Epicrealm is a former web acceleration company that stopped marketing and selling its products around 2003 filed lawsuits last year against a group of 13 companies including Safelite for allegedly infringing on two patents that cover the way in which many dynamic web pages are constructed and served.
Although Oracle isn’t part of any of the lawsuits, the company supplies software that delivers dynamic web pages. Under the terms of its software license agreement, Oracle agrees to indemnify its customers against patent infringement claims. Based on this indemnification clause, Oracle and IBM were forced to contribute an undisclosed sum to Safelite’s settlement with Epicrealm last June.
Following the settlement, Oracle filed its claim against Epicrealm on 30 June in the US District Court in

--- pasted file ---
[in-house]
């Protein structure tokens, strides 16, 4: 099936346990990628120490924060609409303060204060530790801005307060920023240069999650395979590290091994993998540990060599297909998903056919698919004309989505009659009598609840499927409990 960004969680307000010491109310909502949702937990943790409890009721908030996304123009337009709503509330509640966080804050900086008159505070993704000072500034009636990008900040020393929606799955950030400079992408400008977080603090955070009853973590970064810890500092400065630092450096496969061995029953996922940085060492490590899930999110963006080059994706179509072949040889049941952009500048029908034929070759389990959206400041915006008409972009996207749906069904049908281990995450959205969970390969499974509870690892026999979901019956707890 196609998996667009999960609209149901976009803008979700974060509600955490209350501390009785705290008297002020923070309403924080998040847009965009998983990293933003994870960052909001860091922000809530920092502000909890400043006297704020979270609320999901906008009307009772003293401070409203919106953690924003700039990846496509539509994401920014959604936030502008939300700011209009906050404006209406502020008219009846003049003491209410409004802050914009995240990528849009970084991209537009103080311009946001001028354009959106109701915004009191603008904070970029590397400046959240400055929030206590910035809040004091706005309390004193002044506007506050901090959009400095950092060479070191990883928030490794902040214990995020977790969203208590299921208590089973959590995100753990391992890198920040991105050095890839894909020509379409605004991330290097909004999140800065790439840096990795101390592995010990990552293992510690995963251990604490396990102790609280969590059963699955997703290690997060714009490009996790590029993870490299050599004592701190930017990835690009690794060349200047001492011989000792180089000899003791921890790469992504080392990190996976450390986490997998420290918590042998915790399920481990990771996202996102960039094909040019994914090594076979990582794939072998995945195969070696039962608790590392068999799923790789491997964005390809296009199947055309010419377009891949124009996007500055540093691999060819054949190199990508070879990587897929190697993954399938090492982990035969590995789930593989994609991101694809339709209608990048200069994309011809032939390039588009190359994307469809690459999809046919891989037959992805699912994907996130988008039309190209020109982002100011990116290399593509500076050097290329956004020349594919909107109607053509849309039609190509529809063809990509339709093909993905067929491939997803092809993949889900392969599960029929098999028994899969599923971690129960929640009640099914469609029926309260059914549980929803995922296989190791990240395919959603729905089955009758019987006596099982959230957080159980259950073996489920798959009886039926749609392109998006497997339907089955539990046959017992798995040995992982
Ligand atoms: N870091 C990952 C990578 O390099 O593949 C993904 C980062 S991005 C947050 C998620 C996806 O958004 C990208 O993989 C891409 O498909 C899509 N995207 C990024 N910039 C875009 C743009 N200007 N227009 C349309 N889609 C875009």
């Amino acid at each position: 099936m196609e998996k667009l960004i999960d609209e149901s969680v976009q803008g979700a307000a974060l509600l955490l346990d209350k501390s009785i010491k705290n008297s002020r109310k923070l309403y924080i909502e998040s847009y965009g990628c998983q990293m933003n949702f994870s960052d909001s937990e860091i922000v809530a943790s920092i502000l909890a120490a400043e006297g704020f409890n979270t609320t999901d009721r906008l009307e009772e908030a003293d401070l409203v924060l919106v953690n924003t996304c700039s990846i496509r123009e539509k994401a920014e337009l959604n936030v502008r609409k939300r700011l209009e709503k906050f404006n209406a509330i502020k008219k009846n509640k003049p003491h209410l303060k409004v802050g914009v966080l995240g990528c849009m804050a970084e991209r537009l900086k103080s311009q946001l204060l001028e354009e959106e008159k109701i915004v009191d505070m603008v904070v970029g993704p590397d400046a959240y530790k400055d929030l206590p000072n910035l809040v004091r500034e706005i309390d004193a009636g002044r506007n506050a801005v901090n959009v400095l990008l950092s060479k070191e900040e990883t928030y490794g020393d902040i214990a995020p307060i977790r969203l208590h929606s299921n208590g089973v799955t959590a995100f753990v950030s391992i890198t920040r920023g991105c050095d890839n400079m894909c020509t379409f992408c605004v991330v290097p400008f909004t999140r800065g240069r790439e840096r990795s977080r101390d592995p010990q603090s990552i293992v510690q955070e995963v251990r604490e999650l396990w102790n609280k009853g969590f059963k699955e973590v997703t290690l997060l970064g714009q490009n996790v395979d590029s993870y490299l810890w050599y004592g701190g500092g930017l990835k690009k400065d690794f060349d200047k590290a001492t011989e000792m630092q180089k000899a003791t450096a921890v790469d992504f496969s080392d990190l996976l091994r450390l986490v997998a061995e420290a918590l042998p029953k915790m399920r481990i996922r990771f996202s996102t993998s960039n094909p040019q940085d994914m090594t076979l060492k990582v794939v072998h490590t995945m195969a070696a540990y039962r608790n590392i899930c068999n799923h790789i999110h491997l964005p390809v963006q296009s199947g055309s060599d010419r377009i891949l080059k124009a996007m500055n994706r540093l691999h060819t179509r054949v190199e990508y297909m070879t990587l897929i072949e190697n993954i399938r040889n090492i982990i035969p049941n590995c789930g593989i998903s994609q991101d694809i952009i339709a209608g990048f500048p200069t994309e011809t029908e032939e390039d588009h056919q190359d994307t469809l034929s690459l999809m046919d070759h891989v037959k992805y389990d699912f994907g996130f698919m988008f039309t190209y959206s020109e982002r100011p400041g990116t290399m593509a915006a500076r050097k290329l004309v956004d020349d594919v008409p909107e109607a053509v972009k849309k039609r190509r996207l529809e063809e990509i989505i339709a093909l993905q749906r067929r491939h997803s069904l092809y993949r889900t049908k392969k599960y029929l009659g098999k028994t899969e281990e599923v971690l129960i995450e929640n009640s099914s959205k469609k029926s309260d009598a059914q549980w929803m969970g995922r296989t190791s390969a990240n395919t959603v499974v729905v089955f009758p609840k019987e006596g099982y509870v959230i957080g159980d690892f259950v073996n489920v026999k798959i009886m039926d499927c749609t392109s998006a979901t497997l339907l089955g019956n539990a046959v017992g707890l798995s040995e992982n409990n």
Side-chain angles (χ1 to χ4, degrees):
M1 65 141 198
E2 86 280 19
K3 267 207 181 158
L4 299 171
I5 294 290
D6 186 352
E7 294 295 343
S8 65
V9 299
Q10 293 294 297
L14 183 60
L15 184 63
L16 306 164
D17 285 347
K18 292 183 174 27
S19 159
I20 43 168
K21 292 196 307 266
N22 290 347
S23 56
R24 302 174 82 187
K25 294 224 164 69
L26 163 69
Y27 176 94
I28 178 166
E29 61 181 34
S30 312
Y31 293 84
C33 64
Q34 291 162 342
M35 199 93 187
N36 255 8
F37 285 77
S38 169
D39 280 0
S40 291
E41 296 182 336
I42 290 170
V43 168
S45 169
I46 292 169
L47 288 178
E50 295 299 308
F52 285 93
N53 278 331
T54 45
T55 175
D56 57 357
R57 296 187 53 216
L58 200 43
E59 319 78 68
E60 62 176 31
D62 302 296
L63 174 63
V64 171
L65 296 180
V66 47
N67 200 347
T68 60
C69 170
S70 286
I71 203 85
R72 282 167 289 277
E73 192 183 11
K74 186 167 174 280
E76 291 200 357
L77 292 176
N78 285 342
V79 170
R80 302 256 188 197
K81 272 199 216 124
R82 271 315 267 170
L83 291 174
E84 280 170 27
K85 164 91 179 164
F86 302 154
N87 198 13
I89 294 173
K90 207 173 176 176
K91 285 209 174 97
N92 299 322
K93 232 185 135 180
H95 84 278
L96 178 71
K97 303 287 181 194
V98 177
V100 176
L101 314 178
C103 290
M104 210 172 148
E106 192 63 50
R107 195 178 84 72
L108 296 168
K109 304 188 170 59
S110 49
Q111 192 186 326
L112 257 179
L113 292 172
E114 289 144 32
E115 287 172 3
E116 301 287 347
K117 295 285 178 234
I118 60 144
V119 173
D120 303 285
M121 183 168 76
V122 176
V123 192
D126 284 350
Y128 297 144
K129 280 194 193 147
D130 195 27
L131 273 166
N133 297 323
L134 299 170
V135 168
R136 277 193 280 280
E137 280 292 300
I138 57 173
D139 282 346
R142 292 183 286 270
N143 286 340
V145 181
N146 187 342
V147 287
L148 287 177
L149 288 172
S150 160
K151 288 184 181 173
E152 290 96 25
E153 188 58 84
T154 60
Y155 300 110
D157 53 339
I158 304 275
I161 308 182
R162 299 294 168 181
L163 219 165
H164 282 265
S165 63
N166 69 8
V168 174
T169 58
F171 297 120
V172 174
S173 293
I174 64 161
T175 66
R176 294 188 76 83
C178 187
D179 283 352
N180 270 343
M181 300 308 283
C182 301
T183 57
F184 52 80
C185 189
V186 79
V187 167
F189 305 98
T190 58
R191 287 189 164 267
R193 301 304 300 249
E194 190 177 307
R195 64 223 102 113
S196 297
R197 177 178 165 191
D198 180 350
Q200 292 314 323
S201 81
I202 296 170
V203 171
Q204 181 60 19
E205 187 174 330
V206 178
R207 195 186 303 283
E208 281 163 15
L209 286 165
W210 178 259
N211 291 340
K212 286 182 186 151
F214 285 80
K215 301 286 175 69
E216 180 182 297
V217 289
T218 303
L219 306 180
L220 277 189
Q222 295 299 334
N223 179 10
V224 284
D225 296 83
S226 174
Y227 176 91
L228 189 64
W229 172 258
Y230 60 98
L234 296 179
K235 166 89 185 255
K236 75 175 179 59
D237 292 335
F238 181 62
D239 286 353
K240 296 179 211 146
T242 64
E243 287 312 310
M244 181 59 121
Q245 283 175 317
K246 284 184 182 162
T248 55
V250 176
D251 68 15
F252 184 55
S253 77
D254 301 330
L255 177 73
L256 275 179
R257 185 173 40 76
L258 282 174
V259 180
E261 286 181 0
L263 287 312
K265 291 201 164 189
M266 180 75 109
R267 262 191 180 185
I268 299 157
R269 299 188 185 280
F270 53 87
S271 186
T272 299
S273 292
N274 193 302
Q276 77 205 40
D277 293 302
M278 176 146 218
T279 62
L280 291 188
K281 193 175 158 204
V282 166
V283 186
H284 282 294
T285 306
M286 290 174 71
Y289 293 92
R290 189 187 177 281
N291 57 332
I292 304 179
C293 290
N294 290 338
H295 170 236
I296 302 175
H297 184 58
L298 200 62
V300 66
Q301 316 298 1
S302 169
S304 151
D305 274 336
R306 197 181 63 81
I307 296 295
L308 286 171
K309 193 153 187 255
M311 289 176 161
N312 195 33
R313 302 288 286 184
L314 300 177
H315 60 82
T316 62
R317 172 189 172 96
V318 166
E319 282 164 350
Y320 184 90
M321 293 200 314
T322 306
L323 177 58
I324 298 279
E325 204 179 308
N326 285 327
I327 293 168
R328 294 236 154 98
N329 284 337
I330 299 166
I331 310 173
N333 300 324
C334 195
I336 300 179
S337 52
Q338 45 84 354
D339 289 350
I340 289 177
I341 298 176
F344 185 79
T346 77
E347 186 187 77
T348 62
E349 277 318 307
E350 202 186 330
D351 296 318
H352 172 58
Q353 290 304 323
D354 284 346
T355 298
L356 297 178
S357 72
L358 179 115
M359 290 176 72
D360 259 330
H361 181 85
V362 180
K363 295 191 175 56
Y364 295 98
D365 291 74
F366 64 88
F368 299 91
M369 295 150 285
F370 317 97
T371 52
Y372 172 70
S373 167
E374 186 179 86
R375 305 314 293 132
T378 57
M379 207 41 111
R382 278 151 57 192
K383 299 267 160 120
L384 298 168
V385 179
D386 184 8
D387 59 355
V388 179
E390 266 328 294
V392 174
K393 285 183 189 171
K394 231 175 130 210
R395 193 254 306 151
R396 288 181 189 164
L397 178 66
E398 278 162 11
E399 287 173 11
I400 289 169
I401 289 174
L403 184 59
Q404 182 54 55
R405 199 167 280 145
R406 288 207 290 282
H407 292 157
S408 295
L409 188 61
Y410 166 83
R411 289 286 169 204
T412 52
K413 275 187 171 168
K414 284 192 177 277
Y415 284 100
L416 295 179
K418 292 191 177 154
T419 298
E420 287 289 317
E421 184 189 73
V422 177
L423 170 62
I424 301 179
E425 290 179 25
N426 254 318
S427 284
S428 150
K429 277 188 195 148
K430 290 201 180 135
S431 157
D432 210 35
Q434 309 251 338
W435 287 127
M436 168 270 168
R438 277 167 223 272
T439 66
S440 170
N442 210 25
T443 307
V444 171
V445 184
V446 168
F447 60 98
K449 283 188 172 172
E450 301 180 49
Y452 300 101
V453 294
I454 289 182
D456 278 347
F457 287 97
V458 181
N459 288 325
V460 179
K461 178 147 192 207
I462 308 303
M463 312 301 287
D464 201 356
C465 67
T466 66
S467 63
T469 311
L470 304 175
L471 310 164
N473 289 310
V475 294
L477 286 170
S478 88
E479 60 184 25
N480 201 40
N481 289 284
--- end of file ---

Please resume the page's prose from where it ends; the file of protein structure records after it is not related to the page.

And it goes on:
Oracle’s filling of the legal claim against Epicrealm is an effort to invalidate two of the company’s patents. The software vendor is seeking to prevent future claims or allegations, Oracle said in its legal complaint against Epicrealm: “Oracle [has] a reasonable apprehension that Epicrealm will accuse Oracle, Oracle’s products and/or Oracle’s customers of infringing one or more of the Epicrealm patents, and/or additional Oracle customers will sue Oracle for indemnity as a result of Epicrealm’s patent infringement claims.”
The Oracle lawsuit could provide a boost to the legal procedure. Patent owners often go after small companies hoping that they will prefer to settle the case and avoid the legal costs. A lawyer representing Friendfinder, another defendant in the case has previously accused Epicrealm of pursuing such a strategy.
Oracle however has the financial means to pursue its legal case to the end, which could result in the EpicRealm patents getting invalidated.